They’ve been raised almost entirely in a world of technology, so learning new tech or embracing flexibility is easy for them. In fact, don’t be surprised if many Millennials request to have a part-time minimalist commuter workspace so they can work virtually, or if they forgo their assigned cubicle to work on their Mac laptop in the employee lounge (closer to the coffee, of course).

Millennials basically relaunched the concept of the open office and their desire for light, minimal and fun spaces has been tarnished by the “ugh, ping pong tables?” think pieces in media. But Millennials can encourage work-centric Boomers to take breaks, give positive feedback to Gen Xer’s leadership, and will happily tweet about their work experience to build the brand. They are team players who are introducing equity as a higher standard of equality. They’ll love communal work tables, bright and bold offices, and conference rooms that break the mold.

While it may be nearly impossible to provide an age-neutral office, you can provide each employee with an age-neutral personal workspace and a limited to budget to personalize it as they see fit. We live in the age of flexible workstations and modular layouts as well as innovative office accessories. This could lead to stronger talent loyalty, fostering a personalized company culture, and a happier and more creative staff. 

Facebook Wants Your Data and Is Launching Their Home Device ‘Portal’ This Year to Compete

Our habits, especially in the home are about to change. Or at least Facebook is betting on that. Facebook is joining Amazon, Google and Apple in a crowded battle for who can create the most convenient and indispensable home device. 

Facebook’s new “Portal” will cost $499 and be available in the second half of this year. It’s intended to build off of Amazon’s Echo Show–which costs half the price and allows users to perform assistant tasks as well as chat via video on a small screen. 

Portal will be an audio/video device with a laptop sized screen that may ambitiously be intended to replace the family iPad. It will provide instant video calling to anyone in your Facebook feed, work with all streaming services, connect to apps and respond to voice commands.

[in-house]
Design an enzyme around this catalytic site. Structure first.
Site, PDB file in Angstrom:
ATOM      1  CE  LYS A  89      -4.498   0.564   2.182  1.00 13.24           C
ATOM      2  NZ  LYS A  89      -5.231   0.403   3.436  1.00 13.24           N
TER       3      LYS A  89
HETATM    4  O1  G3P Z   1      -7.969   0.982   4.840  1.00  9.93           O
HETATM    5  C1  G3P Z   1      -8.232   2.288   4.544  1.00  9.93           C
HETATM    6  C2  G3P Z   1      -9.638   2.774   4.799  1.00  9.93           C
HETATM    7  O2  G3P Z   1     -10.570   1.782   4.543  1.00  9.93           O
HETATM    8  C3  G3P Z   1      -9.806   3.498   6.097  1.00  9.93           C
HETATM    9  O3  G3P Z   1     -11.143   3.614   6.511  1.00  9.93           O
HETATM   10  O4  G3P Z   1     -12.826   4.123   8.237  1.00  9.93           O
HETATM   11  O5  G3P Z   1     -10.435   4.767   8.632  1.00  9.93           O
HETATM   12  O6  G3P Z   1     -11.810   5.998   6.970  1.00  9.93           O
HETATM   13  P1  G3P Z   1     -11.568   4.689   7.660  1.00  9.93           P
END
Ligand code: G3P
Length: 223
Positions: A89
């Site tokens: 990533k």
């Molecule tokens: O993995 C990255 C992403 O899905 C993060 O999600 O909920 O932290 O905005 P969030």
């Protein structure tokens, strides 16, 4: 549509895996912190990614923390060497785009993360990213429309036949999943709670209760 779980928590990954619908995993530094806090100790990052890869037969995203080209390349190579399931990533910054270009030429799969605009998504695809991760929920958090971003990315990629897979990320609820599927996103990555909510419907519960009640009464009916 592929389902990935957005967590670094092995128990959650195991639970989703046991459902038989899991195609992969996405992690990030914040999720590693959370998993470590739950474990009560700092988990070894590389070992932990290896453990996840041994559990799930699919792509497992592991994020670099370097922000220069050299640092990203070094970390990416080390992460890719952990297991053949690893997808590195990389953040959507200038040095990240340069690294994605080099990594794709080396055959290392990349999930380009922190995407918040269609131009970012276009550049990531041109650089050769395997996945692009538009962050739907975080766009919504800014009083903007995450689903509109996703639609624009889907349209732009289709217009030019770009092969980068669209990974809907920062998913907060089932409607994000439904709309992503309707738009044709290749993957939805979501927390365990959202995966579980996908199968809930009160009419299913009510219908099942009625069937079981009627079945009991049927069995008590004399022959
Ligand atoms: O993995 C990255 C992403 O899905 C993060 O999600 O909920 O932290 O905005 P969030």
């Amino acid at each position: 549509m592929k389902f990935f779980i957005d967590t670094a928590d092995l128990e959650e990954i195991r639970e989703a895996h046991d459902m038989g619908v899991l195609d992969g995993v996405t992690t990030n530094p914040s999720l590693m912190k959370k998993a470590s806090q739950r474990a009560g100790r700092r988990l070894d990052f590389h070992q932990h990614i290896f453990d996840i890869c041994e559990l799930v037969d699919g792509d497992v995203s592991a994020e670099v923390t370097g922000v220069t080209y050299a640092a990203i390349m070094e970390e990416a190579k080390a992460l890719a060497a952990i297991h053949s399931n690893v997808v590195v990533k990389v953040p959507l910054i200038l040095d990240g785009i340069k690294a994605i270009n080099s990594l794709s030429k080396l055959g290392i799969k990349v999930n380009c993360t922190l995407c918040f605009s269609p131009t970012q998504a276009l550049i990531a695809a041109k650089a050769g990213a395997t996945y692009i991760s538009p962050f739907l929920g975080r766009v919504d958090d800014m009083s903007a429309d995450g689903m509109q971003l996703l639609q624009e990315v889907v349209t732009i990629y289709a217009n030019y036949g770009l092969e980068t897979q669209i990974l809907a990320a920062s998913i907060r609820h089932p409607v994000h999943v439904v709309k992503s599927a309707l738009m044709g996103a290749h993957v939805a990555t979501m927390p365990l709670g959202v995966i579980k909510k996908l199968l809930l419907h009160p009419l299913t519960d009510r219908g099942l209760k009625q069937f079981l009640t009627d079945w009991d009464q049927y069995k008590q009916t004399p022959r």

The price may be an issue.

Facebook may be willing to lower the price before launch date but reportedly Mark Zuckerberg isn’t concerned if this device makes a profit or not. And that shouldn’t sound crazy to you. 

The biggest theme to watch in 2018 will be products that don’t need to make money in an obvious way. Amazon, Google and Apple haven’t created home AI devices so you can have a better speaker in your kitchen. 

They want your data. Not in a bad way. Your microwave isn’t trying to kill you. But every company in 2018 wants your data. That’s how AI gets better. And as we shift further and further to audio search rather than click-based search it threatens the existing duopoly that exists for Google and Facebook. 

They can’t afford to lose ground in search but they also know the landscape has changed. The new key to search–and the very lucrative advertising around it–is convenience via these home AI devices.

How data is changing competition.

Uber’s new credit card isn’t a play to get in the financial space. They want your restaurant data and they are willing to give you 4 percent cash back to get it. Why? So they can know what you like and create “ghost kitchens” for Uber Eats. Uber can create dozens of pop-up restaurants on the app to serve people using one commercial kitchen and a couple chefs. Cutting down on overhead it’s a potential game-changer in 2018 and beyond. 

Target bought Meijer’s grocery delivery service Shipt last month for $550 milllion. Shipt isn’t intended to be profitable. Shipt users pay $100 a year to get their groceries and household items delivered. The goods are marked up slightly in some cases but after paying a driver $15 an hour to collect and deliver the items it’s basically a break-even. 

So why so much interest in Shipt? Because it creates loyalty. Target is betting that you’ll choose convenience first every time. And don’t be surprised if Amazon, which now owns Whole Foods, eyes Target this year for acquisition. 

Original content is key if you want to compete.

If you run a startup–or are startup curious– you may look at this data collection by industry giants and wonder how on earth you’ll be able to compete. But every action has a reaction. When Apple launched the App Store it created room for Instagram and thousands of others to thrive. 

There’s nothing stopping you right now from creating a ghost kitchen. And Facebook, Amazon, Google and Apple are all trying to differentiate in the home market. They will need help in creating tools, widgets and items that help create an edge. Any good startup mentor will tell you to identify not where companies put their budget but where they are about to put their budget.